John Legend & Mark Duplass On How They Raise Daughters To Topple The Patriarchy


John Legend and Mark Duplass are partners with the AXE Collective mentorship program to help three up-and-coming filmmakers thrive in showbiz. After witnessing them in action at the Toronto International Film Festival, it seems they have the whole mentoring thing down pat. And I have a feeling there are three little girls — Luna, Molly, and Ora — who have something to do with that. Though Legend and Duplass claim they’re still learning to navigate fatherhood while guiding young daughters, it’s evident that being parents helps them grow immensely, not only as mentors, but as men. And besides getting a drum kit for the house (because “girl drummers get whatever they want,” according to Duplass), the two already have a solid idea of how to nurture strong-willed and driven women in the world today.

Legend, who welcomed Luna last spring with wife Chrissy Teigen, admits he hasn’t played much of a mentor role to his daughter, who’s barely six months old. Still, he can’t wait to. “I can’t wait for [Luna] to be able to talk so I can teach her,” he says. “I really think that I’ll enjoy the teaching aspect and helping her to become a good human being.” Duplass, who’s a parent to Molly and Ora with wife Katie Aselton, has some advice for Legend. Part of it is the “20 percent rule.”

Duplass implements the rule to teach his daughters that they can succeed, regardless of forces trying to suppress them. “When you’re raising women in this world, they need to know that they can, with good cognitive energy and clear thought and planning, topple the king,” he says. At home, he’s established his role as the authoritative figure, but in one out of every five arguments, his daughters “are able to destroy [him].” “You gotta back off and show them they can win,” the 39-year-old explains. “When she has a boss that’s being a dick to her, like I am there, she can topple him.” I see Legend nodding, taking mental notes, but he has A+ parenting tips to bring to the table as well.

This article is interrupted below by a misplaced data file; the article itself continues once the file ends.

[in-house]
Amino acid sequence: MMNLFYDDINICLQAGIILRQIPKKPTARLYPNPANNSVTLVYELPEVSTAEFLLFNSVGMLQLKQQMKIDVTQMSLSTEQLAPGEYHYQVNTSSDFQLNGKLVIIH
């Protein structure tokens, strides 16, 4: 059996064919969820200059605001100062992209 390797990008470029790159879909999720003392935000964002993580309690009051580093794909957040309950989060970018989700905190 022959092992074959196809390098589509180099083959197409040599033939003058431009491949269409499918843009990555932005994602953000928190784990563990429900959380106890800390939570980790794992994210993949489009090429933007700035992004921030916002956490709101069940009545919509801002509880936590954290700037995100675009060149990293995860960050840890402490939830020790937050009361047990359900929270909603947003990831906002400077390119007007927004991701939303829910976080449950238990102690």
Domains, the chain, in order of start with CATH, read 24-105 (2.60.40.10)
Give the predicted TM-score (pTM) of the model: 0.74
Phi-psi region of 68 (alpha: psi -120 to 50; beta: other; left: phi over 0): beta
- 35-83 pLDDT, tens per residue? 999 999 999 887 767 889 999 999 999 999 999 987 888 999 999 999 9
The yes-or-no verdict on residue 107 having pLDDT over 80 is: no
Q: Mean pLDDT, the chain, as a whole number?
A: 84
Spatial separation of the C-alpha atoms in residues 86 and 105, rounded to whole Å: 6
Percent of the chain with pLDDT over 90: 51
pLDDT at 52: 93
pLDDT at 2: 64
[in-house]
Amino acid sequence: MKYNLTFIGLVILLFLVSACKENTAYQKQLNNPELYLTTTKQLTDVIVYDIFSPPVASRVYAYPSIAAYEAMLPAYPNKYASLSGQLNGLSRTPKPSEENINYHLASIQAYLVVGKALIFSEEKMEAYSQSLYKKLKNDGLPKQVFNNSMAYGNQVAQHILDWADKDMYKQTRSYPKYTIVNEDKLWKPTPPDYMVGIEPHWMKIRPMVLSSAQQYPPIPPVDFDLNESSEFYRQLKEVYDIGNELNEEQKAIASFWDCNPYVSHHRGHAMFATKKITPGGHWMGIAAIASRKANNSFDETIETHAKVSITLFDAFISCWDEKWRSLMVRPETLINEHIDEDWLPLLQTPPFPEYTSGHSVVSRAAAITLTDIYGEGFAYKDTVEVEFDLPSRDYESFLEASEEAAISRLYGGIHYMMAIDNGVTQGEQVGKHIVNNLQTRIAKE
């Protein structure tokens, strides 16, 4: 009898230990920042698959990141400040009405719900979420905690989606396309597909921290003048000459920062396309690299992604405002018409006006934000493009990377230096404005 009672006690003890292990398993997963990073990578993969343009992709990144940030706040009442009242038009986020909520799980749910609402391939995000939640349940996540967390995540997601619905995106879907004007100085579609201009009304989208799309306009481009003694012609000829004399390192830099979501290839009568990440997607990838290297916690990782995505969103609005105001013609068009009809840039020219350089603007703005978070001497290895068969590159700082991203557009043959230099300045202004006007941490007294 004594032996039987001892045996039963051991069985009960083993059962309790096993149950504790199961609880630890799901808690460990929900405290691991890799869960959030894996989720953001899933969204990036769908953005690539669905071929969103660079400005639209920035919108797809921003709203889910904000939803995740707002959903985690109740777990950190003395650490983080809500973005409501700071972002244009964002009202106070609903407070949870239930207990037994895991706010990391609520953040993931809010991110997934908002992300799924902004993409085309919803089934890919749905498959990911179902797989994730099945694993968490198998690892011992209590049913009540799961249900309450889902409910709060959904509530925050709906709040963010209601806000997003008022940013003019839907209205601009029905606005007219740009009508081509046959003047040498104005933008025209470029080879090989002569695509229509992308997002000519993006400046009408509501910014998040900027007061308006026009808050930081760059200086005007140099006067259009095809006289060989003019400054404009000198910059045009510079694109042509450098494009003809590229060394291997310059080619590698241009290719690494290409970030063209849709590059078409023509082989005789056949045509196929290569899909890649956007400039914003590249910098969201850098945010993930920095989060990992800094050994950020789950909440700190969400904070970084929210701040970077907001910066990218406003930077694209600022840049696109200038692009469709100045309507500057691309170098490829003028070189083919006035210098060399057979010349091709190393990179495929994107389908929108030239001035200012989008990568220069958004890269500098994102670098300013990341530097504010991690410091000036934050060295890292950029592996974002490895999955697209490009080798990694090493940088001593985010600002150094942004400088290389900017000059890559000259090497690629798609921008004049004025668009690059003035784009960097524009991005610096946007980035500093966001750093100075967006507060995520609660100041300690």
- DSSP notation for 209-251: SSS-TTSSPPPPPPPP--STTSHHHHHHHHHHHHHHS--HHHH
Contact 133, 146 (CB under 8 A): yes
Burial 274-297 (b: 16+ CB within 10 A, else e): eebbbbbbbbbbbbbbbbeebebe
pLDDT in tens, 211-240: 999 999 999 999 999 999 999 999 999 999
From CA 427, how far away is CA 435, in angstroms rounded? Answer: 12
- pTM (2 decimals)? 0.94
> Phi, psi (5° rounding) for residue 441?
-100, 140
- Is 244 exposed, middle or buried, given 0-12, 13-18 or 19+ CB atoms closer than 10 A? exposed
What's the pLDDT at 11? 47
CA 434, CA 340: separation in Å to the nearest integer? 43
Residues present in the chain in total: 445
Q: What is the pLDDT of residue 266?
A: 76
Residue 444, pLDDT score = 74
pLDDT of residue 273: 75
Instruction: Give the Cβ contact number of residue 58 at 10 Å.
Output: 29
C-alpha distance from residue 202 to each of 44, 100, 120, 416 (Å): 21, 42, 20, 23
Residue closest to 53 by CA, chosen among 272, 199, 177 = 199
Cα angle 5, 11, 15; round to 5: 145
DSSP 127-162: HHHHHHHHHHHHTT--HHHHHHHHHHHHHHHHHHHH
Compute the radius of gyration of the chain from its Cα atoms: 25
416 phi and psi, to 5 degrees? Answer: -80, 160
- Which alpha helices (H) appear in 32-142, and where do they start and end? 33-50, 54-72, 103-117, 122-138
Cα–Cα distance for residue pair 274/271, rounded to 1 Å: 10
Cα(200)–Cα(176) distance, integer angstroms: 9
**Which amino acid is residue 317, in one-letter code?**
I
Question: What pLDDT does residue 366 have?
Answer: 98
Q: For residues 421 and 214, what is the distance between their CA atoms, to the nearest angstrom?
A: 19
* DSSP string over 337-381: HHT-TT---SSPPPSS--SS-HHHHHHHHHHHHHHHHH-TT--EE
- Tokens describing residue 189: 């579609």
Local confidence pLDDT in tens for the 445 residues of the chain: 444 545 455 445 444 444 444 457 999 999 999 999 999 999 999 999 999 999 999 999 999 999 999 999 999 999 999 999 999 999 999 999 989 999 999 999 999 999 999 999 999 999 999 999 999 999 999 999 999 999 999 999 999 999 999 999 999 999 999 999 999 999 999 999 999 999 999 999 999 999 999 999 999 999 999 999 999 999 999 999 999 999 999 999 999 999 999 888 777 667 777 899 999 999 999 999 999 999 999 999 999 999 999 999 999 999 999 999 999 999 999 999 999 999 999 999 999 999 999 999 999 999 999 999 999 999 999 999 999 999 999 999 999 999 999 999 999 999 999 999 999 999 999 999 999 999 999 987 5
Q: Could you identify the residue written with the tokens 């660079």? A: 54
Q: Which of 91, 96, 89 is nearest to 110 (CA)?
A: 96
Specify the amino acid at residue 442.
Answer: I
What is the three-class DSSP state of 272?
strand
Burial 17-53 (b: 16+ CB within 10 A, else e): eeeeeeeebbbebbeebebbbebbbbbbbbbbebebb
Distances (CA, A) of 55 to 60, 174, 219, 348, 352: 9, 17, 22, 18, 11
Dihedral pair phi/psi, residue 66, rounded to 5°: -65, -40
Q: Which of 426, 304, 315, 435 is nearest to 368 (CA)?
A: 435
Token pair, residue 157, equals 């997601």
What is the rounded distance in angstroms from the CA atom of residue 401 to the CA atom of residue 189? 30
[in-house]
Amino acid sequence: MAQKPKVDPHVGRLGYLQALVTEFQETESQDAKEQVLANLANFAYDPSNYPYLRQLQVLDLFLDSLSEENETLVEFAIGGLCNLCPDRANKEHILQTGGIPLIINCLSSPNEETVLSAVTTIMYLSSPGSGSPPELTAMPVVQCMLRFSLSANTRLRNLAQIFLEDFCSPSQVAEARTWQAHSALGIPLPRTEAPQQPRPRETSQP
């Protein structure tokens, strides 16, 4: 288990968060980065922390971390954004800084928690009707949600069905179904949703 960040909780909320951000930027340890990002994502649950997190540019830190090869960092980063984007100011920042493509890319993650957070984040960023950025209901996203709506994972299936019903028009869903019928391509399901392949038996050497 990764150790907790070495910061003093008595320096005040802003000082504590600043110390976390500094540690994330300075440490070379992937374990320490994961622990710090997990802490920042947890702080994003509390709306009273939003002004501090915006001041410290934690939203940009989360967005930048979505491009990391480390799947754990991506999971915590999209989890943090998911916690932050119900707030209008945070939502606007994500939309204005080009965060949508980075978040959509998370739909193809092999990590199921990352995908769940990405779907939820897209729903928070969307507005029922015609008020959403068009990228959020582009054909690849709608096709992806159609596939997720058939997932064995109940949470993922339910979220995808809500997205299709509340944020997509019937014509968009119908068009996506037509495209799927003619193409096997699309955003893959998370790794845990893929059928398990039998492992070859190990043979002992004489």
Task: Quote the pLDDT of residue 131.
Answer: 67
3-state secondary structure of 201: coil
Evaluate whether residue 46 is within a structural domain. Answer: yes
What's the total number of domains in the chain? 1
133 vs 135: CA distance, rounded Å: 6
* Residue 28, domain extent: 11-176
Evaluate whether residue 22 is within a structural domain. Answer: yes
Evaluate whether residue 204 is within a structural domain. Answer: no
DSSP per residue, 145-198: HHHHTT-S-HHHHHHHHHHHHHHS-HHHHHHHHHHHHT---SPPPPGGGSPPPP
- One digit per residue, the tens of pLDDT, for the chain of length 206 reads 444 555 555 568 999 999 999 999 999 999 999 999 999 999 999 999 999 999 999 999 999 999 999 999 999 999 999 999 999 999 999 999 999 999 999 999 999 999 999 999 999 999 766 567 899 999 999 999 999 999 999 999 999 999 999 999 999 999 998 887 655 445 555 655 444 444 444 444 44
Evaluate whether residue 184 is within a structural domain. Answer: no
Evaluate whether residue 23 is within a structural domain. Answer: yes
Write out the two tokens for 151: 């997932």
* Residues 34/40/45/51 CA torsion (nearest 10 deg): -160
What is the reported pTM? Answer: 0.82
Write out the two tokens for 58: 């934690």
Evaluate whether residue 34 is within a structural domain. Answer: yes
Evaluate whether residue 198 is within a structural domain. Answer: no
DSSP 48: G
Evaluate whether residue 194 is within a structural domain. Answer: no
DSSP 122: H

“I hear a lot about how to be good parents to girls,” says Legend. But perhaps the most significant and challenging aspect of parenting young women he’s learned thus far is teaching them to ignore commercial messages telling them how they should act and look. The 37-year-old knows this is damaging in more ways than one:

He knows how important it is to teach his daughter to be authentic and fearless, but now it’s about execution. “Hopefully I’ll get it right,” he says. Both men agree that raising young daughters not only shifts their view of the world, but of their own lives and careers, causing them to turn down project after project to put their girls first.

“I’ve been working my whole life to get yeses. Now I have so many yeses that if I take them all, I won’t be able to be a good parent,” Duplass explains. Legend can relate. “I’m definitely in that ‘no’ phase. A lot of it is just a matter of deciding what’s important to you,” he adds. “I know that I love making music, that’ll never change… Having a wife and a kid — hopefully multiple kids — makes you [think]… Is it worth it? How important is this to me that I’m gonna miss time with my daughter? And my wife?,” says Legend.

It’s evident that their unconditional love for their daughters effortlessly enhances their drive to help and nurture others — even if they are complete strangers. “Parenting makes you more empathetic,” says Legend. Duplass, who, like Legend, goes above and beyond as a mentor, agrees. “There’s this old saying, ‘Once you become a parent to a child, you become a parent to every child in the whole world.’ You start to feel a different way about anyone you see in need,” he says.

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Their AXE prodigies, Shema Jones, Francisco Cabrera, and Tabi Bonney, are just three people who will say Legend and Duplass are extremely dedicated and giving mentors. And as far as the whole fatherhood thing goes? They’ll be just fine.

Image: AXE